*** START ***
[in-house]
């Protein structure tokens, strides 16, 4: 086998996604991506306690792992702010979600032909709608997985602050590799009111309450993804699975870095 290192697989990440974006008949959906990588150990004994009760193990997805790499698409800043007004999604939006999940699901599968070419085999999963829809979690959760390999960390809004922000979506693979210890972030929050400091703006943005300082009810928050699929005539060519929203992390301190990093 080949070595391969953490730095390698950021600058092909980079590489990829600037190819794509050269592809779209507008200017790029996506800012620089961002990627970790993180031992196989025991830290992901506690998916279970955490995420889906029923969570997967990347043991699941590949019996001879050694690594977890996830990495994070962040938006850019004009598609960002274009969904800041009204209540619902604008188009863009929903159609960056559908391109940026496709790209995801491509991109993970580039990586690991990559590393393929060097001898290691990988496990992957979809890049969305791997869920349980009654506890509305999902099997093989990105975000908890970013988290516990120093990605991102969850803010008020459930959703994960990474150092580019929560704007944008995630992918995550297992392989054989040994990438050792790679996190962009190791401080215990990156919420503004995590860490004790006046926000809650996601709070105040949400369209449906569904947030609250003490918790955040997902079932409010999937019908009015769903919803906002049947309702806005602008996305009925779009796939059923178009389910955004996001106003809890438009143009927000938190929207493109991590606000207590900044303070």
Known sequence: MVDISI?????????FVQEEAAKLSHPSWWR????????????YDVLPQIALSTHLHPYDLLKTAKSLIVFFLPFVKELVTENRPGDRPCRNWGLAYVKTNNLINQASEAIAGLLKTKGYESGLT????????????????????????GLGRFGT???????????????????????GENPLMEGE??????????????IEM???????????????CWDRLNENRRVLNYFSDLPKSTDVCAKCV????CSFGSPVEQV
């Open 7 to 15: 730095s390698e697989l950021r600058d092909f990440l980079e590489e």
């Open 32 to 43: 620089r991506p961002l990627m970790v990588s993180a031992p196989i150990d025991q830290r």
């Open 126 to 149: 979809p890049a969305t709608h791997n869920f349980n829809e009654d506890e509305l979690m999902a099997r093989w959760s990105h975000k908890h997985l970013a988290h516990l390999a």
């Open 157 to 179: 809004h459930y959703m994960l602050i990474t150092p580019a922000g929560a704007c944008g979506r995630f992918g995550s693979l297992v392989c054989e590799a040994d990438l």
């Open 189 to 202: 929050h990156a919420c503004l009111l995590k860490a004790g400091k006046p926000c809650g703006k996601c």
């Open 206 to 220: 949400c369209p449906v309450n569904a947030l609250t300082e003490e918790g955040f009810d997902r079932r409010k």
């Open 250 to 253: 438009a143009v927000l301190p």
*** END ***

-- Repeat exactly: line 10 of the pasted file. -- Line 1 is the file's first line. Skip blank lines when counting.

């Open 250 to 253: 438009a143009v927000l301190p």